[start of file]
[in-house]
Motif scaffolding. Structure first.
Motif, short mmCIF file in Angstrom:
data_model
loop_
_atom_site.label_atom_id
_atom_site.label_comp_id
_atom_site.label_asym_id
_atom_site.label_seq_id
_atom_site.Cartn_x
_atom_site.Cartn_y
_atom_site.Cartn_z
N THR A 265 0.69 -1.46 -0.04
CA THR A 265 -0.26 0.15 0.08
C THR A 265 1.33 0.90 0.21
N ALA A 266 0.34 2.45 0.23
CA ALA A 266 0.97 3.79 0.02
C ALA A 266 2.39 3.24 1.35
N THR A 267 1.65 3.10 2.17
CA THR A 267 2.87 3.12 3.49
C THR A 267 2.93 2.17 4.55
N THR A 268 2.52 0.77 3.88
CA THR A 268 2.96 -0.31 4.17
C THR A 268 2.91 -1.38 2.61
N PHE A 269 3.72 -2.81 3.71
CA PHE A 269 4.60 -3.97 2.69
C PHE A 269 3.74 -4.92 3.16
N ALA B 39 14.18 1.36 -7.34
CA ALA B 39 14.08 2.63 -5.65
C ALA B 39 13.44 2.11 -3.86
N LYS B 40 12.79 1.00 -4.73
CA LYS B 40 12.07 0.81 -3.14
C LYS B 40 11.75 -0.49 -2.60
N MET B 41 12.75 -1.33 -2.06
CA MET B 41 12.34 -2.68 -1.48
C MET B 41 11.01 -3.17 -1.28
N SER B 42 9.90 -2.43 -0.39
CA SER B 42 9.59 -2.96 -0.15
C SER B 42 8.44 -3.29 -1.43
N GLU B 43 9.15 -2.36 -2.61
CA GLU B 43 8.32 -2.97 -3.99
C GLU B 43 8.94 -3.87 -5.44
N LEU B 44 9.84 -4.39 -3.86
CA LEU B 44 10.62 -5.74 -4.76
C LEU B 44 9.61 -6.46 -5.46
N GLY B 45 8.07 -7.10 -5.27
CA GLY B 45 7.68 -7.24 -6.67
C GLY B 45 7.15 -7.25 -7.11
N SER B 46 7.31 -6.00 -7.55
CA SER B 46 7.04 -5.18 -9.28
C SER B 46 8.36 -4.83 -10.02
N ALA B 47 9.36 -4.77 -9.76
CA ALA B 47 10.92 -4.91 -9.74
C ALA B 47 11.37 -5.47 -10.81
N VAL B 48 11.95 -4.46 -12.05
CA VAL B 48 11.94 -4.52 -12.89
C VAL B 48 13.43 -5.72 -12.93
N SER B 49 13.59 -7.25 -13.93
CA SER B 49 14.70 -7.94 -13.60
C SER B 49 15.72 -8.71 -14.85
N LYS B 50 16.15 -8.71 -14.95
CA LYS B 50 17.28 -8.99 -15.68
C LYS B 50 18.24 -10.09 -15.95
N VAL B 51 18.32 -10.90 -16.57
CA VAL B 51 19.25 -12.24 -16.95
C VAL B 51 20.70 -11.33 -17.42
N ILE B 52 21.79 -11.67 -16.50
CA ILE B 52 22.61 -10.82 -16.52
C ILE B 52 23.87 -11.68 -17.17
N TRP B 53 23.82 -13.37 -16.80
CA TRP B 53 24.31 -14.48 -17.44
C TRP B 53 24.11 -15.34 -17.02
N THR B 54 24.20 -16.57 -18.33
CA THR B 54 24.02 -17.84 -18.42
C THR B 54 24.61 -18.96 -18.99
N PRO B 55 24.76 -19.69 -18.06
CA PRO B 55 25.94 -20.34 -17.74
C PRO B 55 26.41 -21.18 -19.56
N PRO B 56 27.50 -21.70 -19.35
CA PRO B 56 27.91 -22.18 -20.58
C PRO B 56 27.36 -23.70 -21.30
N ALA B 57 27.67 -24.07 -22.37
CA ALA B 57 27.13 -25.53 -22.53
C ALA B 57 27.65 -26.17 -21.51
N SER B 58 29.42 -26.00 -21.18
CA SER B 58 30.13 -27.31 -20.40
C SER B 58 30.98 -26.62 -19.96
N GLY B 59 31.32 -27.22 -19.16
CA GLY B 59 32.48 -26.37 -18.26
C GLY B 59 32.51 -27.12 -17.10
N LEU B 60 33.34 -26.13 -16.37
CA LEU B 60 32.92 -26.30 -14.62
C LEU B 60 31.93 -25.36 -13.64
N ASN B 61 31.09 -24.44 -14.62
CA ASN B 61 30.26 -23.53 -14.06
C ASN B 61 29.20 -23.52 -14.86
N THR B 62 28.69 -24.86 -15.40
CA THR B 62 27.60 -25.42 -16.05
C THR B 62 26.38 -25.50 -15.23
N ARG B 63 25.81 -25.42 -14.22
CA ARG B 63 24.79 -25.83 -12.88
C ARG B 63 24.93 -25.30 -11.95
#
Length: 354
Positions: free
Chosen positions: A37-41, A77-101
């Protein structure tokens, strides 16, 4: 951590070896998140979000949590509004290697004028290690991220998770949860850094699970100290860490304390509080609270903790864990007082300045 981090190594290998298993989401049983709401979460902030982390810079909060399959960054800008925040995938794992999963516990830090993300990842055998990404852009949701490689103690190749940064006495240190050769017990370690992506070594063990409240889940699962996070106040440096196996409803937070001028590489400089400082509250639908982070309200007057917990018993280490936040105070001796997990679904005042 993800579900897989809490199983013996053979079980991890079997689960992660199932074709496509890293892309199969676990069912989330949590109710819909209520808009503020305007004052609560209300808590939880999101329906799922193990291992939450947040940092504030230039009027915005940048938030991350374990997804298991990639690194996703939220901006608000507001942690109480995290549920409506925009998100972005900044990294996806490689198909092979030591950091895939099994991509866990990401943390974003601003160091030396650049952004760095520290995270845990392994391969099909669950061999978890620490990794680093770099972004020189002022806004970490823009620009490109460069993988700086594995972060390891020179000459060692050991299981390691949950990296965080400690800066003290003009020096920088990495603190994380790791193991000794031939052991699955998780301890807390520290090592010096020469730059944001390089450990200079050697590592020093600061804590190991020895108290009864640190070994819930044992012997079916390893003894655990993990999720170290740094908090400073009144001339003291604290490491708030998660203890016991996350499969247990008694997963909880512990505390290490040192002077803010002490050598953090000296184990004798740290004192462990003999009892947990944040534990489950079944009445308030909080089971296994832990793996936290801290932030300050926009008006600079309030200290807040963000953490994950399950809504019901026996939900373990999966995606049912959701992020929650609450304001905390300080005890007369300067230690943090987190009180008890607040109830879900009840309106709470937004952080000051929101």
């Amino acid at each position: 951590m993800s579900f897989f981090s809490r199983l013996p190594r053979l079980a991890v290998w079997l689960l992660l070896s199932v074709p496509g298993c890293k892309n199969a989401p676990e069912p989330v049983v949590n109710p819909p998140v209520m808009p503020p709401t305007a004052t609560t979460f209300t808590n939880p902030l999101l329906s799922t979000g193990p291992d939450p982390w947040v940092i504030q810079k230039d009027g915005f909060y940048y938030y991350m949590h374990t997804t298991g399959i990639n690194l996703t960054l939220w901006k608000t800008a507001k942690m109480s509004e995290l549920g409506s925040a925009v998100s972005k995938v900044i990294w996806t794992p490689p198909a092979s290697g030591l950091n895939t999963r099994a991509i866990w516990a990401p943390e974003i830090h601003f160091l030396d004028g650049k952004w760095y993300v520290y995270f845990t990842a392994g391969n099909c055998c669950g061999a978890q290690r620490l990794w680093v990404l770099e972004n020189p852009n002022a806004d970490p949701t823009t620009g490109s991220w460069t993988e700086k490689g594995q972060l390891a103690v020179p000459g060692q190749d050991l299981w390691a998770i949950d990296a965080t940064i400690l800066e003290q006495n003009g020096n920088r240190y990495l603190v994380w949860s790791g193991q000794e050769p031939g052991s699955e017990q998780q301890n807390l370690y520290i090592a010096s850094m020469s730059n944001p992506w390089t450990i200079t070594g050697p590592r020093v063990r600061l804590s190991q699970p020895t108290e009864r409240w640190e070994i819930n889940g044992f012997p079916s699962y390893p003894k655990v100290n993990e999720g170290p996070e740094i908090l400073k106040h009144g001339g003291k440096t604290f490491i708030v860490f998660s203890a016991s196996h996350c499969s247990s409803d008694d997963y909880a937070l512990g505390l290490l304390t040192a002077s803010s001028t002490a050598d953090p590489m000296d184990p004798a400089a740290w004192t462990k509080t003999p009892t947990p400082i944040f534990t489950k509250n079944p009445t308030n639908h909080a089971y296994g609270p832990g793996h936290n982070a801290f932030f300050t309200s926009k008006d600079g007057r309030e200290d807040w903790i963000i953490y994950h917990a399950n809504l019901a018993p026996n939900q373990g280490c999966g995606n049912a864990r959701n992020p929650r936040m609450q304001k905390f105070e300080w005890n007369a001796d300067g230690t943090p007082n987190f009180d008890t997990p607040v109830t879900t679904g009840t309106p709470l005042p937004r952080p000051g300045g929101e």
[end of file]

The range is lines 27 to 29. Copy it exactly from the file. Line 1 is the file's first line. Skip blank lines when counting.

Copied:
C PHE A 269 3.74 -4.92 3.16
N ALA B 39 14.18 1.36 -7.34
CA ALA B 39 14.08 2.63 -5.65